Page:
Saturday , September 22 2018

‘Shock’ of Arab boycott passed – QSE normal: CEO

DOHA, Nov 21, (RTRS): The Qatar Stock Exchange (QSE) has passed the shock of the boycott imposed on Doha by other Arab states and is now operating normally, the exchange’s chief executive Rashid Ali al-Mansoori said on Tuesday.

Over 100 new foreign funds have begun investing in Qatar since the boycott was imposed in early June, Mansoori said in a speech, without naming any of the funds.

He also said the exchange was in talks with Arab and Asian countries, which he did not name, to arrange dual listings of foreign stocks in Qatar.

Saudi Arabia, the United Arab Emirates, Bahrain and Egypt cut diplomatic and transport ties with Doha on June 5, and portfolio investors and depositors from the four countries began pulling money out of Qatar. The Qatar stock index has plunged 22 percent since then to six-year lows.

In June, Mansoori told Reuters that some institutional investors from the four countries were deliberately dumping shares in order to damage Qatar’s market.

On Tuesday, however, he said: “We passed the blockade shock and are operating as normal.”

The exchange is encouraging privatisation exercises and trying to persuade family-owned companies to list on the market, and 10 small-sized firms have showed interest in listing on the exchange’s QE Venture Market, which is designed for smaller companies, Mansoori said.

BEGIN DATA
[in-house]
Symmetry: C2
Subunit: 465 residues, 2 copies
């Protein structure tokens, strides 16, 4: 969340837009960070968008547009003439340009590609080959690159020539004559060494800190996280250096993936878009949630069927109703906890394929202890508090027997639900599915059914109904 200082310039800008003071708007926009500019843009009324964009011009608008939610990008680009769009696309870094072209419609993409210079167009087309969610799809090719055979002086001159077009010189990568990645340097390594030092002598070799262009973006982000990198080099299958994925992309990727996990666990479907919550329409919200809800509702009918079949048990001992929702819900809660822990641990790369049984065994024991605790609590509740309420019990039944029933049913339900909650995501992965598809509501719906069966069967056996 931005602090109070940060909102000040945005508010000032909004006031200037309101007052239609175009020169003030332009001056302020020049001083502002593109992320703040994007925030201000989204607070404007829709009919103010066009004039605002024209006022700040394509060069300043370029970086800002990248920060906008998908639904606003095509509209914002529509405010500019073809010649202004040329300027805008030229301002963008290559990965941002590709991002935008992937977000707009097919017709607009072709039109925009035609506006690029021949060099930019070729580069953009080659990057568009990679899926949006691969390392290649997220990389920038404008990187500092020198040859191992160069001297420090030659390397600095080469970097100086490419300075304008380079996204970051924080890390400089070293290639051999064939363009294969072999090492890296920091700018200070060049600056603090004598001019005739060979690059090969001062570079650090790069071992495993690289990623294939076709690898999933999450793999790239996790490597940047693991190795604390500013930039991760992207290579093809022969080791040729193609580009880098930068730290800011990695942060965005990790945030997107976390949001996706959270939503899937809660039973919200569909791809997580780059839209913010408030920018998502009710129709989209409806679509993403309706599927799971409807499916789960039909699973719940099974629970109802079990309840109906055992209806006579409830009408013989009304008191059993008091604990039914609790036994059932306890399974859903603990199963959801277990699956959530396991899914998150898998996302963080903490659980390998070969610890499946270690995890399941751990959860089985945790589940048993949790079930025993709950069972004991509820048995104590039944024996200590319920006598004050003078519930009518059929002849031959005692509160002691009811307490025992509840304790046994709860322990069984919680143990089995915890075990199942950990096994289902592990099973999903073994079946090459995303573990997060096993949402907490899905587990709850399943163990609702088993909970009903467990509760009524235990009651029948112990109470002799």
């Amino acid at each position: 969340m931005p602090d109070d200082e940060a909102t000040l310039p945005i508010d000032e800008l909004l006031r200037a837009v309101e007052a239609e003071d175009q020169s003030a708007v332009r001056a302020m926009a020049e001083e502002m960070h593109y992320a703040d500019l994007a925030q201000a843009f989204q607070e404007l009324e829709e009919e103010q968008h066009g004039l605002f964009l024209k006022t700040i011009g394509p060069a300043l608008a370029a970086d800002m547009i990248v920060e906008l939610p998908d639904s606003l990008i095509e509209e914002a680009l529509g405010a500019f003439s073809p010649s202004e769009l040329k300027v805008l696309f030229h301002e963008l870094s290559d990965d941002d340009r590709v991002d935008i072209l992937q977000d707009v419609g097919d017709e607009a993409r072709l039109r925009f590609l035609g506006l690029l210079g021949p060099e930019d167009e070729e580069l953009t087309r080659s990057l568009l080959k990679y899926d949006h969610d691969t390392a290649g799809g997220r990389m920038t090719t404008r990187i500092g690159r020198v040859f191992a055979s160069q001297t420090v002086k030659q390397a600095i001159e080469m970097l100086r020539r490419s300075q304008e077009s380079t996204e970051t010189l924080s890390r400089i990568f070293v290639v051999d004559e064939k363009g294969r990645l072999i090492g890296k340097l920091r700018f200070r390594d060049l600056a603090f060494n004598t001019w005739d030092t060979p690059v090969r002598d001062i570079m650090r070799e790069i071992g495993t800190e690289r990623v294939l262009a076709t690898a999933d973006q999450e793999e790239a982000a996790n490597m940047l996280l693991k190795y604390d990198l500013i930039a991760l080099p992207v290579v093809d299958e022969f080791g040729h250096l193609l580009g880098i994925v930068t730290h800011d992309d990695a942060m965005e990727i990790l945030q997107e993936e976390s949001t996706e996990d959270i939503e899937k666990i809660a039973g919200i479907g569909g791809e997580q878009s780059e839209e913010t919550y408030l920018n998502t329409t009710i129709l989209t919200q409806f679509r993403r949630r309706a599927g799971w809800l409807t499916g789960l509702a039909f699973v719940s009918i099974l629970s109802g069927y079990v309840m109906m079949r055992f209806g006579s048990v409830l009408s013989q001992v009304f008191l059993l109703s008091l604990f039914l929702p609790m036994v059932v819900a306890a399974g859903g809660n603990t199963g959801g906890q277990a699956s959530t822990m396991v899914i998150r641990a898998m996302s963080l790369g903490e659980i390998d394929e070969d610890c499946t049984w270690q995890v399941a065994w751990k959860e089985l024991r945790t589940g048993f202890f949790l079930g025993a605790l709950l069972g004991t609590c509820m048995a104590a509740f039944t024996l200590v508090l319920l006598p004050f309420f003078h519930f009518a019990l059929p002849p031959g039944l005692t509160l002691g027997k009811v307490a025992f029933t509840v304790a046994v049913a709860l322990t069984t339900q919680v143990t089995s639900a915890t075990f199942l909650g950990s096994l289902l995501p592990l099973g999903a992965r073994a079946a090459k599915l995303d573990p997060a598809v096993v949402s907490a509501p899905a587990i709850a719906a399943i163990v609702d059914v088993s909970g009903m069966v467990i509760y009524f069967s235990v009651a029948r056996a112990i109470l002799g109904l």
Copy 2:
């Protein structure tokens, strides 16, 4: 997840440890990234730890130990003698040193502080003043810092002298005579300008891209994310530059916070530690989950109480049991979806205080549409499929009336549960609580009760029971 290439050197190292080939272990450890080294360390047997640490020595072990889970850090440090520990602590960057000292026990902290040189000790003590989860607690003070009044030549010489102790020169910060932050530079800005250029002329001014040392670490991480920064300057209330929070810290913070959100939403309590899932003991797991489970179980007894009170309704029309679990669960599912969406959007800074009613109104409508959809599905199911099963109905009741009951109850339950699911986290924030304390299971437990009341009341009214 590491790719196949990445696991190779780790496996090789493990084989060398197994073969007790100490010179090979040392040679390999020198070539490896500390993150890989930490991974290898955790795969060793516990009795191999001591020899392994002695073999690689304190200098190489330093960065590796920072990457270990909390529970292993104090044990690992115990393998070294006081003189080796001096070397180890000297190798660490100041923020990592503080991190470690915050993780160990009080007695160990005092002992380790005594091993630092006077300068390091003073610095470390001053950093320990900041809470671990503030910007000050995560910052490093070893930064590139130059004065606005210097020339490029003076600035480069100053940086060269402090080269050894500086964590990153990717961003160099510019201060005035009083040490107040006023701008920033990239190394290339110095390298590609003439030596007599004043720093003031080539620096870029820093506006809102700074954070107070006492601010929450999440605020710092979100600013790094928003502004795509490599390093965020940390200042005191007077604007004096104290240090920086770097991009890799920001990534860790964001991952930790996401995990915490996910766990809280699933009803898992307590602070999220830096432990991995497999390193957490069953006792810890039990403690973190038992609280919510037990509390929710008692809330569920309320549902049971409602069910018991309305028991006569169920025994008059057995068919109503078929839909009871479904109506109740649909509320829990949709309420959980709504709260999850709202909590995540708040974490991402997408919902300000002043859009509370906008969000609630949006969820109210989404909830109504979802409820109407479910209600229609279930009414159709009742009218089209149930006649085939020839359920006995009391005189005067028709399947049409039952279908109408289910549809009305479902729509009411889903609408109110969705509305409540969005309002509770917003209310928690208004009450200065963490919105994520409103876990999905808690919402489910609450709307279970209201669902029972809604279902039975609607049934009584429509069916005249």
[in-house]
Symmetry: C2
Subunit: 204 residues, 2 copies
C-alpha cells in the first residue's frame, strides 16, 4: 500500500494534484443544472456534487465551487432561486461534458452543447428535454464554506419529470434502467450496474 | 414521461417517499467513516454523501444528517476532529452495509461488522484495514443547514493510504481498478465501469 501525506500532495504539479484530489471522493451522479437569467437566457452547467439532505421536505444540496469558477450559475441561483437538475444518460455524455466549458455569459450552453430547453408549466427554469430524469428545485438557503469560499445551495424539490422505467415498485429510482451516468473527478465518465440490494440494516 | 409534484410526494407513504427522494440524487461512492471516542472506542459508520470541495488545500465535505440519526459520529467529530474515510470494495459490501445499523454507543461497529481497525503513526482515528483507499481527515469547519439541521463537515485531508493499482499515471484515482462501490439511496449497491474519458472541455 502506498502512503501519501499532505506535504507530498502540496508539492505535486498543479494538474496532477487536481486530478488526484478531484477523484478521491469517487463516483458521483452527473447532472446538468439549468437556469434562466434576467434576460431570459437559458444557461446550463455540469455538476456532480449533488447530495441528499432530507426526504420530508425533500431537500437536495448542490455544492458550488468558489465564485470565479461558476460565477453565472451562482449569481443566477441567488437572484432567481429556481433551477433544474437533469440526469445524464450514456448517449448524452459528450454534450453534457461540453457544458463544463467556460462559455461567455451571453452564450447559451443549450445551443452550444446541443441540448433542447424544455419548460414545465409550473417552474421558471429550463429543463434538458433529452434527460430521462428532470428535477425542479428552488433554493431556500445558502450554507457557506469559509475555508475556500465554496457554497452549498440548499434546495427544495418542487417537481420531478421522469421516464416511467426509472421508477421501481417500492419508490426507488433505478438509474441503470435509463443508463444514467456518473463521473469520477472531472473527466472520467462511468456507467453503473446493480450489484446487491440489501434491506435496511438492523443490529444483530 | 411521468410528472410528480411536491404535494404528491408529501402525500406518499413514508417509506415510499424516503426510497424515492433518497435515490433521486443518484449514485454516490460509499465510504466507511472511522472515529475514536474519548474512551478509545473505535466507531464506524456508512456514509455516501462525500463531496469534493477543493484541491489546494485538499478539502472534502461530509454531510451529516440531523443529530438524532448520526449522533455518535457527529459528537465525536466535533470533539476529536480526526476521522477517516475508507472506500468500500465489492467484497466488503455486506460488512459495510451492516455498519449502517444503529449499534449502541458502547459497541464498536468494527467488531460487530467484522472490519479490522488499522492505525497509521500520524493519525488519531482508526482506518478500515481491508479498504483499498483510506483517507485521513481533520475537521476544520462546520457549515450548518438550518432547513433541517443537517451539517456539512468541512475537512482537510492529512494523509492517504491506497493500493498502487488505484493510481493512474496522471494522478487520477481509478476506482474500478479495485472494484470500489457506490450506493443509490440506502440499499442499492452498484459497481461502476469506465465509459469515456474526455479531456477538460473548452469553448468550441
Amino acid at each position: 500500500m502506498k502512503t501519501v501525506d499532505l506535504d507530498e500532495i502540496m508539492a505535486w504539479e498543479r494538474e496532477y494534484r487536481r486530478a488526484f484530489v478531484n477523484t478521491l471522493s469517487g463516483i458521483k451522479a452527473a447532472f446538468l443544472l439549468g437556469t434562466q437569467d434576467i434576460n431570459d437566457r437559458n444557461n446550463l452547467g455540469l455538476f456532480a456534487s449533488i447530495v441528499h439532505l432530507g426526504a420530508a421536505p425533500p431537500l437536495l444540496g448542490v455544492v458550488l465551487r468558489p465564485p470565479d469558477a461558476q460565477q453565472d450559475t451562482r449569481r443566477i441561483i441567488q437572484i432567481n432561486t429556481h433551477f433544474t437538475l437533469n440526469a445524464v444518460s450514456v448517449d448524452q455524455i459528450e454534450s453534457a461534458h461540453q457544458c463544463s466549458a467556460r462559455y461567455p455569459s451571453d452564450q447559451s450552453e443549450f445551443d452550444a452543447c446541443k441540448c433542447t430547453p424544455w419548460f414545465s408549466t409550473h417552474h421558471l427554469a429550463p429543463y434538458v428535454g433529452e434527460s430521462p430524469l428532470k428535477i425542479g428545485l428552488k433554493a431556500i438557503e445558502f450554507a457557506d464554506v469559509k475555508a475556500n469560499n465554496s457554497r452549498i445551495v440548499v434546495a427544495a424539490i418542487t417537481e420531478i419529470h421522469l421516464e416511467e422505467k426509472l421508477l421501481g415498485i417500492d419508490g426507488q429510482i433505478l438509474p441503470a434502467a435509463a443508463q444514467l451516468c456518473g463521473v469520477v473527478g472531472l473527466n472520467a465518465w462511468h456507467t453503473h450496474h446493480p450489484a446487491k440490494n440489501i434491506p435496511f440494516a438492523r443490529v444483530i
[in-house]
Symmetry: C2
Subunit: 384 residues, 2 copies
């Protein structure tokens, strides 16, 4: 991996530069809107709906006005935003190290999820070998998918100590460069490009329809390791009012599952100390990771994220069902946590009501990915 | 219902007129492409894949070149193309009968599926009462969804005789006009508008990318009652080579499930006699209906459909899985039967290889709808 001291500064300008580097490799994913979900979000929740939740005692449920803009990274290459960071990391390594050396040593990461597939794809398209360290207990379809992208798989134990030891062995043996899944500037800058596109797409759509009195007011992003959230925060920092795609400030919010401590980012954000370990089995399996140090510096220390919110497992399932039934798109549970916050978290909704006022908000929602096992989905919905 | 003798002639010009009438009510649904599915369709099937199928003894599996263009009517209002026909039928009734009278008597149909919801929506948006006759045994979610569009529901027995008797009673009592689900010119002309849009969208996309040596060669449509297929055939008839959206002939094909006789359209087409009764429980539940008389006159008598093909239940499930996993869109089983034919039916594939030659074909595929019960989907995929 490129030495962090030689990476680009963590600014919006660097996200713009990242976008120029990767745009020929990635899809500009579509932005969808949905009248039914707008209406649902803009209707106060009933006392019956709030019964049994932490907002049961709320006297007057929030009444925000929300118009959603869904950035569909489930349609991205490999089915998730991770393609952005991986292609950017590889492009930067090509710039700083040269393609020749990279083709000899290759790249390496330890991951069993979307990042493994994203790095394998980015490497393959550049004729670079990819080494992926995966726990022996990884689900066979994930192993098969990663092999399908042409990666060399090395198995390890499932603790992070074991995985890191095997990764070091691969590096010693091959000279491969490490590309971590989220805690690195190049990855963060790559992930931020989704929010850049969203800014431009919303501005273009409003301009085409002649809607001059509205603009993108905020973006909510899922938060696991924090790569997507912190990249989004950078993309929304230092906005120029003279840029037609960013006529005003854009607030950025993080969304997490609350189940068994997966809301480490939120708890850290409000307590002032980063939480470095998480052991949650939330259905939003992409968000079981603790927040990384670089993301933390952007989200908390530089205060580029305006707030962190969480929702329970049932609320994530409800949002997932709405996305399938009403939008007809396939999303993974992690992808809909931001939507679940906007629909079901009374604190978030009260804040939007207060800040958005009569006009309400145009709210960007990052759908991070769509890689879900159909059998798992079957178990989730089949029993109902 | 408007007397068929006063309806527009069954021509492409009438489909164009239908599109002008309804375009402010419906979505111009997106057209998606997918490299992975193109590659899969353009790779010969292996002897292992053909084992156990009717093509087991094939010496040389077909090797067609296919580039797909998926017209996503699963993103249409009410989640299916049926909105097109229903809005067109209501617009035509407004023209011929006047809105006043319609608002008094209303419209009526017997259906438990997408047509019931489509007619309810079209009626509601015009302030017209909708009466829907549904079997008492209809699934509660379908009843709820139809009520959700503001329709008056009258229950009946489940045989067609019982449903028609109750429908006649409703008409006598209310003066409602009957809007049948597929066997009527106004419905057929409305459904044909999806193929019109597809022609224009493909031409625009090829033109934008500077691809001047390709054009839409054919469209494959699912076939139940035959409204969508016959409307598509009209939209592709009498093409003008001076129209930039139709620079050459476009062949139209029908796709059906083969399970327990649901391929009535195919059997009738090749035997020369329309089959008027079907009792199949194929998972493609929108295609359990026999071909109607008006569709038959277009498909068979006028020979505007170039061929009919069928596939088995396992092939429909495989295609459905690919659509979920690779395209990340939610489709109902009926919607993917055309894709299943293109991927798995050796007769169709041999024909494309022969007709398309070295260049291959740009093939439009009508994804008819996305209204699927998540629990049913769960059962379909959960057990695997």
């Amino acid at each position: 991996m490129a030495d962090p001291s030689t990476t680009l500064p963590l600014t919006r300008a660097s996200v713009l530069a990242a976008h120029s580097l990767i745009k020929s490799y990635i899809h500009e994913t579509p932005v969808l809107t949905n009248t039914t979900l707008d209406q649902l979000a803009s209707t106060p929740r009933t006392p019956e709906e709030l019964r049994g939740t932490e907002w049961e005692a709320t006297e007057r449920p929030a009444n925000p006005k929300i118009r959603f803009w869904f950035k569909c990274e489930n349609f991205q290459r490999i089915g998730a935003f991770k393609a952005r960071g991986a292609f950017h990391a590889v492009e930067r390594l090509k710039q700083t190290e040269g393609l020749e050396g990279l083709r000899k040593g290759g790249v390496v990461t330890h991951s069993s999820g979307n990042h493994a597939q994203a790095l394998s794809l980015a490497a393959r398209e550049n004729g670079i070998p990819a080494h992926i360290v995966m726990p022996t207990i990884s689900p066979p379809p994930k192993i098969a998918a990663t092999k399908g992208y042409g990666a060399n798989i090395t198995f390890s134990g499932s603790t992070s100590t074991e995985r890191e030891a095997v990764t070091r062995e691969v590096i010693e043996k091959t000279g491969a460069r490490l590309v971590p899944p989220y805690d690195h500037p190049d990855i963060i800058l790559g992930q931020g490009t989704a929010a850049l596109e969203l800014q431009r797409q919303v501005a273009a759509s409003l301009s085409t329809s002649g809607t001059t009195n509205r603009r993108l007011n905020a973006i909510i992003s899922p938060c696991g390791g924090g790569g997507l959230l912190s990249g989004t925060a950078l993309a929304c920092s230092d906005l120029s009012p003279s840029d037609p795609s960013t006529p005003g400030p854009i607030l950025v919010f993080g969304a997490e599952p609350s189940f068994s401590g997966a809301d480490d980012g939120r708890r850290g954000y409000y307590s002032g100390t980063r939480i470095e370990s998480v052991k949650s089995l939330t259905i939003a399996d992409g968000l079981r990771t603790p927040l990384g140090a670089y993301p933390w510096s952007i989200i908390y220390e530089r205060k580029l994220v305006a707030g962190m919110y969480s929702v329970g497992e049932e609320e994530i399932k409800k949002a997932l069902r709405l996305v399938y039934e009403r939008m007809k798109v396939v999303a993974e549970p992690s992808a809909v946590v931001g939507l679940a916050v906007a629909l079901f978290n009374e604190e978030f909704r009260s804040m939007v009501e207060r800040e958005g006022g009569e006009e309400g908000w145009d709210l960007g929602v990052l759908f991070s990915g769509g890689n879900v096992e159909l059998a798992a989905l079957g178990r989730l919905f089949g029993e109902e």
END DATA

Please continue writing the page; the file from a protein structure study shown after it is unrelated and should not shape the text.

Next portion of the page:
Meanwhile, Qatar Insurance said on Tuesday that it had renewed the business licence for the company’s branch in Abu Dhabi, more than two months after saying it would close because of a regional political row.

The branch will continue to conduct normal activities, Qatar Insurance said in a bourse statement.

The move is an apparent turnaround from September when the company said it was not able to renew its business licence in the United Arab Emirates capital because of the current political situation in the region.

The company could not be reached for comment on the reasons why it was able to renew its business licence.

In a regional rift that started on June 5, Saudi Arabia, the United Arab Emirates, Egypt and Bahrain cut diplomatic and trade links with Qatar.

Qatar Insurance’s branch has been operational since 2002 and underwrites gross premiums estimated at about 110 million riyals ($30.2 million) per year, it said in September.

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